My Favourite Film of 2018
[I spoil nothing because I hate summarizing plots and hate having movies spoiled. The trailer does spoil quite a bit, but then, I saw the trailer before I saw the movie and I survived to tell this tale.]
My favourite film of the year is a foreign film not called ROMA. I recommended ROMA in my last post (eight days ago), calling the Mexican film the best I’d seen all year in theatres, and it was, to that point. Then I saw Hirokazu Kore-eda’s SHOPLIFTERS (MANBIKI KAZOKU). If you couldn’t already tell, or didn’t already know, it’s a Japanese film. Being married to someone Japanese and having spent half a decade in the country I obviously have bias in that direction. I should also mention that Kore-eda’s earlier film, AFTERLIFE (1998), is a film that has stayed with me since I saw it in theatres when I was twenty-two. I was also hugely impressed by what I think was his best known movie prior to this, NOBODY KNOWS (2004). When I heard the premise to SHOPLIFTERS, which sounded worryingly similar to what NOBODY KNOWS deals with, I was concerned this latest outing was going to be a case of an artist at that point in a career when they begin to recycle their own work, as seems to happen at later stages of even the great masters’ oeuvres (Oh Haruki Murakami, how I wish you could go cobble shoes for a few years, or just go be with people for a while).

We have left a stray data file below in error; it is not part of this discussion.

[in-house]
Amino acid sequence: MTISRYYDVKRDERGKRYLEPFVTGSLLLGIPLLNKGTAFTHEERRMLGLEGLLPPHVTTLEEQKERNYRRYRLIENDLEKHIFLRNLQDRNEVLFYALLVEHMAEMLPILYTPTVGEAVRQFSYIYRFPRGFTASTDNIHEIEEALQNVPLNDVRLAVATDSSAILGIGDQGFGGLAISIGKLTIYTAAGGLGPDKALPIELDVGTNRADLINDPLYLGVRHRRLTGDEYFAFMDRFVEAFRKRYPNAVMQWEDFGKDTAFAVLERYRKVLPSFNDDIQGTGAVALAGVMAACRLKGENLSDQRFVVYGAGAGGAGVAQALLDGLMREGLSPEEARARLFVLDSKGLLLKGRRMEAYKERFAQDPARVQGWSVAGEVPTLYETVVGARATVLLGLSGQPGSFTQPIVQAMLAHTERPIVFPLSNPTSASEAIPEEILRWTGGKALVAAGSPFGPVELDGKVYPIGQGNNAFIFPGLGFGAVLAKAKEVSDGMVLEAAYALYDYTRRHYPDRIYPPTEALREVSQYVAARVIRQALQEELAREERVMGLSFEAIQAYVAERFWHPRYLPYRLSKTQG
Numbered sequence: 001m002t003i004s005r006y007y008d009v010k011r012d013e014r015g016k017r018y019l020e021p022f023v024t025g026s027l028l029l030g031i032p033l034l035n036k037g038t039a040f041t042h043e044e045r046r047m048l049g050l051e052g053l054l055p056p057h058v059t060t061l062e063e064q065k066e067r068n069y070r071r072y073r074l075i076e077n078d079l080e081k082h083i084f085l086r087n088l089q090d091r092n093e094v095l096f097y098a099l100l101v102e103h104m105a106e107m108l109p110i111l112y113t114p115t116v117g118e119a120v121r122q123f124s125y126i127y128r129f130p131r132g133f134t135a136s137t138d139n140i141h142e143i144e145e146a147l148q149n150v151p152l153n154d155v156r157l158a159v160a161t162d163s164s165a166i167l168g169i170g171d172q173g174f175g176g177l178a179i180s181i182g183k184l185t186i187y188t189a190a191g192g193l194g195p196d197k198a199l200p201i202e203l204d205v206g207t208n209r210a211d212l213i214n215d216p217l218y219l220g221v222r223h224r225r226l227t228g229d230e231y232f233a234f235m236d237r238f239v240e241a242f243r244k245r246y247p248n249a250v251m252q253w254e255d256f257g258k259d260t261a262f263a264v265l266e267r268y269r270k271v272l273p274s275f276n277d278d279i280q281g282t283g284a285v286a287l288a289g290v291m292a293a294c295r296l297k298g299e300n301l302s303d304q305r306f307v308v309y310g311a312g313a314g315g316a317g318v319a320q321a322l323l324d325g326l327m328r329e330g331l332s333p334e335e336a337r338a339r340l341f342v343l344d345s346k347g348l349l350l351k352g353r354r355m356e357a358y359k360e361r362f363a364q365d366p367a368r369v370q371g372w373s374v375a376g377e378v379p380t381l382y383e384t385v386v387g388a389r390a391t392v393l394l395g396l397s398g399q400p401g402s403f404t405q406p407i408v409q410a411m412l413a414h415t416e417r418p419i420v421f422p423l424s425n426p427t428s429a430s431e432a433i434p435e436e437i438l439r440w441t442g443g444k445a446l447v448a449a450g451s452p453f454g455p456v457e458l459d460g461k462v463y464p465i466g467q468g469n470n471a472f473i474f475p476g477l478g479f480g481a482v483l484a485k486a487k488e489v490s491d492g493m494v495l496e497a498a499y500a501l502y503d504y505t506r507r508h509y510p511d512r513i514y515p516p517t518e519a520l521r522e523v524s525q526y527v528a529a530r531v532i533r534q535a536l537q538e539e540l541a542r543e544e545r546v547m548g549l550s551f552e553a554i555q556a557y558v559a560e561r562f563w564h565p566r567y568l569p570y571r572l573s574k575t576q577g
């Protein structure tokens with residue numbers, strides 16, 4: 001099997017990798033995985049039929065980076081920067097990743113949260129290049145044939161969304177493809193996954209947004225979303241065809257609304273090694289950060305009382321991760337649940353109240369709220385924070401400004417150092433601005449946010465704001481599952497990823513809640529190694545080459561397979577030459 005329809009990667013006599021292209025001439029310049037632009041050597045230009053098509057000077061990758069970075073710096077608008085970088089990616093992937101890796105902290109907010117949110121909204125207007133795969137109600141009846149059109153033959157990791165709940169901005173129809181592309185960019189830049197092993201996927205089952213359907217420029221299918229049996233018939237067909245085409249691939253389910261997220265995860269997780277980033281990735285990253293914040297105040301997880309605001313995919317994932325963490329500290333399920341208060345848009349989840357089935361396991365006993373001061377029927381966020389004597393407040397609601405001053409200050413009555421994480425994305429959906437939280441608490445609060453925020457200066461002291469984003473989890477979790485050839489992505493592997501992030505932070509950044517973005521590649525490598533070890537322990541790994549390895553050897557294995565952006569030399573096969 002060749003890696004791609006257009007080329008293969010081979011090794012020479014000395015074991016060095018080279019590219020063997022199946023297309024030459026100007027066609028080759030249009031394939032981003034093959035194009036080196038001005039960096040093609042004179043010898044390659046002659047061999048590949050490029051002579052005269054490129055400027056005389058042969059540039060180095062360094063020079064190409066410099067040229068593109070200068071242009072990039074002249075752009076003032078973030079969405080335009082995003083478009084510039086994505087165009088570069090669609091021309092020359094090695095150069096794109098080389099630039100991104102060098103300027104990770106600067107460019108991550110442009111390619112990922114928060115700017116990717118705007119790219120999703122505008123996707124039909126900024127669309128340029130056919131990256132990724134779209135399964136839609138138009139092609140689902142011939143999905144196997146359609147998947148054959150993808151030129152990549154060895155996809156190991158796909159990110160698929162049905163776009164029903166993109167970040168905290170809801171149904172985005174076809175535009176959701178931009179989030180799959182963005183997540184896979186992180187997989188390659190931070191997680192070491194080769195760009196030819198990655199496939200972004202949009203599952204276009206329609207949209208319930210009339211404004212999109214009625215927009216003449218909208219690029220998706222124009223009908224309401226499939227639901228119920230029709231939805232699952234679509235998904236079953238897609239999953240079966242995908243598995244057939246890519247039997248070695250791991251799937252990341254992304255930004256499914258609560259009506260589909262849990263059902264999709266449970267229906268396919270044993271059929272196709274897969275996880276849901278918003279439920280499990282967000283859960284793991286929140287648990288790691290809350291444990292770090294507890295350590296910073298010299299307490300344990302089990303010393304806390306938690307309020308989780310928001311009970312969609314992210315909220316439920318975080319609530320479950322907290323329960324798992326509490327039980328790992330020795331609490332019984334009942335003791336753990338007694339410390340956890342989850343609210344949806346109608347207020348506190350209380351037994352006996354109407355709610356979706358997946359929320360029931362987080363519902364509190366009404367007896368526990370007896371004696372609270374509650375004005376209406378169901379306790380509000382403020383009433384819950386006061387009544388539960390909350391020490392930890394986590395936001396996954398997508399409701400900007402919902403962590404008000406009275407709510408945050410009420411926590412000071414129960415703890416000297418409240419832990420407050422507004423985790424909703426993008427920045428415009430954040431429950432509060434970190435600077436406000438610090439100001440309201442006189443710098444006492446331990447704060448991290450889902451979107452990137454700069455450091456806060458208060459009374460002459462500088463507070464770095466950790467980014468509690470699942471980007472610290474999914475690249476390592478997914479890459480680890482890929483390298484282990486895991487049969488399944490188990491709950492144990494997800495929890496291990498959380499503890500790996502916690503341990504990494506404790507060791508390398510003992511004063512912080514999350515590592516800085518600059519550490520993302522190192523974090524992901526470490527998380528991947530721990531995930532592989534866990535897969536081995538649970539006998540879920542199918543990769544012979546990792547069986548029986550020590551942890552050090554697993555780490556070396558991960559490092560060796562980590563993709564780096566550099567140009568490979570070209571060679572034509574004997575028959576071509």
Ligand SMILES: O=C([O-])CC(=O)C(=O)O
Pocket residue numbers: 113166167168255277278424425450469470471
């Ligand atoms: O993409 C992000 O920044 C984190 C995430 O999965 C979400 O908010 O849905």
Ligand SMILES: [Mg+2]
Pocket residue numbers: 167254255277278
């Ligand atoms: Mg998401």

Turns out, in this case, I had nothing to fear. Kore-eda is well within — if not at the very apex of — his craft. I’m not alone in thinking this. SHOPLIFTERS not only made Obama’s year end best of list, but also won the Palme d’Or.
For decades Kore-eda made documentaries for NHK (the Japanese equivalent to the BBC) before turning to feature films, and his objective lens on his country and his people is so exactingly honed and so profoundly humane. I’ve never seen anyone capture Japan the way it feels to live in it. And Kore-eda is a master of just that. His Tokyo looks nothing like what Sophia Coppola portrayed (so beautifully) in LOST IN TRANSLATION, a film I love very much, btw. But Kore-eda’s is not the Tokyo of tourist visits. It’s the Tokyo that people live in.
SHOPLIFTERS is not an easy movie, but neither is it a dreary film by any means. Playing hope off tragedy and back again, what SHOPLIFTERS is is a masterpiece. If you can see it on a big screen, and are so inclined I’d love to know what you think.